By Foo Yun Chee and George Georgiopoulos
BRUSSELS/ATHENS Jan 24 OPAP's
gambling monopoly in Greece is illegal, Europe's highest court
ruled, pushing the company's shares down by more than 11 percent
as investors fret over the threat to its market dominance.
However, judges at the Luxembourg-based European Court of
Justice (ECJ) also said Greek authorities may not need to open
up the sector if they implement reforms to protect consumers.
The verdict on Thursday was in response to a challenge by
rivals William Hill, SportingBet and Stanleybet
against OPAP's monopoly in a Greek court, which subsequently
sought advice from the ECJ.
EU rules prohibit national laws from granting exclusive
gambling rights to a single company, unless the authorities are
genuinely reducing access to gambling and controlling expansion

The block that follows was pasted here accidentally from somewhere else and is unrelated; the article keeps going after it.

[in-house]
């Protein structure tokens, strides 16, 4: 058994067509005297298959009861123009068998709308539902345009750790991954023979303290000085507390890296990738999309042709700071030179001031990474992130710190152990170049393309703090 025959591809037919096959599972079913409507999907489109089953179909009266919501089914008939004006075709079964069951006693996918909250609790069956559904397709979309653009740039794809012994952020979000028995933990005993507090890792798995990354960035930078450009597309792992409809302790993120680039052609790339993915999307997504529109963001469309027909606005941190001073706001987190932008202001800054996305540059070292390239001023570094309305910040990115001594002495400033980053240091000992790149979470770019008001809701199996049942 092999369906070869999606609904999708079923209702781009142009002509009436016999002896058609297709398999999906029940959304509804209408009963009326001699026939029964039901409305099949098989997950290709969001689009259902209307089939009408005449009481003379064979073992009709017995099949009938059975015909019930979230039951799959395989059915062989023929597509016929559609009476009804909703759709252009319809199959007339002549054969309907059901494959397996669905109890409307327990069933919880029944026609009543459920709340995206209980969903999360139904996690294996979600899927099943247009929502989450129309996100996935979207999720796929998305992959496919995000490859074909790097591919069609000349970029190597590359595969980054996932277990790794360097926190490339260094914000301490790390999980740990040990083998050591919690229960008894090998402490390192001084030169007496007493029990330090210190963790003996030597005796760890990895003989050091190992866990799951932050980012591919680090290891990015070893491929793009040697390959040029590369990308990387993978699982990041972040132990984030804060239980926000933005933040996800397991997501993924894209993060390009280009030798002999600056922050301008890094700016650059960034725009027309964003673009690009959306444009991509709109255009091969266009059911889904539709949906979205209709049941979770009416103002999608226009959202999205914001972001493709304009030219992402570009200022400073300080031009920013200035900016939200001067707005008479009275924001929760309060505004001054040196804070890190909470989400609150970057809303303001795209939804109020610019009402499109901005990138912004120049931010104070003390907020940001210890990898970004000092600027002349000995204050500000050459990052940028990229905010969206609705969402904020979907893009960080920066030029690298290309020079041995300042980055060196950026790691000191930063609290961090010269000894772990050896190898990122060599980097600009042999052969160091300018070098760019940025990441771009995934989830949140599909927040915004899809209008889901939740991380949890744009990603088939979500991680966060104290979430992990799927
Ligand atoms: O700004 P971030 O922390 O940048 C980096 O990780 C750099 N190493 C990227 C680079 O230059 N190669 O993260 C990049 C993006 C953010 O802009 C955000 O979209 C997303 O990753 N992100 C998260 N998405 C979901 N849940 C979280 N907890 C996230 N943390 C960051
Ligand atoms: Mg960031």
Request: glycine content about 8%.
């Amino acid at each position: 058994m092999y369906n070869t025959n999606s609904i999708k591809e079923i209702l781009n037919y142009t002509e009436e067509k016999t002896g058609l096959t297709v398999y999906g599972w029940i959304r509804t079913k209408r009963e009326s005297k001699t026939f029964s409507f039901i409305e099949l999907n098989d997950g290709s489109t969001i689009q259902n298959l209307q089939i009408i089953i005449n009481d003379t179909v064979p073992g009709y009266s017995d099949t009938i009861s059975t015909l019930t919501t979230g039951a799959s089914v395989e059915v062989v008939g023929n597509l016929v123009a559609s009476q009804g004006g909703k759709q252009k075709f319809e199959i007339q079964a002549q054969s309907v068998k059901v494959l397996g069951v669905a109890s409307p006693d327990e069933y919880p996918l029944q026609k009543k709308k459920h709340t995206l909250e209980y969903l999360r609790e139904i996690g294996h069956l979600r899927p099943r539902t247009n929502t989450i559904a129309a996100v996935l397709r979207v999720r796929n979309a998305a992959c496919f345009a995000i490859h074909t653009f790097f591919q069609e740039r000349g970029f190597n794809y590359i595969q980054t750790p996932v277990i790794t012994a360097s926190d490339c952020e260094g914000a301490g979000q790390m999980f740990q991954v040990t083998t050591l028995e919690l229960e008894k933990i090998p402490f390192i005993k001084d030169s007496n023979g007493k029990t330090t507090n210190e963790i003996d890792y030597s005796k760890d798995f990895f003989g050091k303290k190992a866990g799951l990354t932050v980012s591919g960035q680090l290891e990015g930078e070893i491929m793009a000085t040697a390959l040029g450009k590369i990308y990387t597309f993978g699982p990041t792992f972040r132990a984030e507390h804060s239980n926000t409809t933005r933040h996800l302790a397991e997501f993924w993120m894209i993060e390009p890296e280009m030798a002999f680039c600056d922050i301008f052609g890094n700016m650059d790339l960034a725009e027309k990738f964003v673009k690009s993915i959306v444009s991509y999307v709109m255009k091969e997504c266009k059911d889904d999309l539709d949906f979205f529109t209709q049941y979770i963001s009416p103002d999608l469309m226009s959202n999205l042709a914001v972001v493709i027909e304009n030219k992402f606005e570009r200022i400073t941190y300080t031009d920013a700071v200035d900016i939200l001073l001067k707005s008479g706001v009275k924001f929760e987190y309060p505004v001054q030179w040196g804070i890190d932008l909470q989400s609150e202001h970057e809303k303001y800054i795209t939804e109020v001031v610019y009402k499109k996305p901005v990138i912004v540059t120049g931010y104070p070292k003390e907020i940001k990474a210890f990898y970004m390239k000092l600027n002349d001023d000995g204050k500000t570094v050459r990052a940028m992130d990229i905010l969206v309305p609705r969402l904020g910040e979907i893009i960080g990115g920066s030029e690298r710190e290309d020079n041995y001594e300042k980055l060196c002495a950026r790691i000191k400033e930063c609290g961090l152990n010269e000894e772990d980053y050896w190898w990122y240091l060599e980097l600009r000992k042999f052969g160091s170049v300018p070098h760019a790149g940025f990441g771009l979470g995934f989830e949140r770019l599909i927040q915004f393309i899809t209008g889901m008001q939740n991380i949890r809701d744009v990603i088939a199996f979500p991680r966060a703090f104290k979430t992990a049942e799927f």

of the sector to combat criminality, the ECJ said in a
Shares in OPAP shed as much as 21 percent after the ruling.
They ended 11.5 pct lower at 6.26 euros on Thursday.
"The court ruling reduces the future value of OPAP as it
opens up the market," said Theodore Krintas, head of wealth
management at Attica Bank.
The Greek state is selling 33 percent of OPAP, almost its
entire stake, as part of a privatisation drive agreed with its
international lenders in return for its EU/IMF bailout.
"It highlights the need to act fast and not let things drag
on once privatisation decisions are taken at a government level.
The ruling is a good example that delays may allow future
developments to affect the valuation of the asset," added
OPAP said it backed the country's gambling policy adding
that it has one of the most restrictive laws in Europe.
The Luxembourg court had in previous cases found problems
with gambling monopolies in Italy, Germany and Austria.
Judges said Greece must either liberalise the market,
opening it up to competition and treating local and foreign
operators equally, or reform OPAP's monopoly.
Liberalising the market is not compulsory under EU law.
If the Greek authorities determined that opening gambling to
competition would not allow for sufficient consumer protection,
Greece could undertake "reforms of the monopoly and make it
subject to effective and strict controls by the public
authorities", the court said.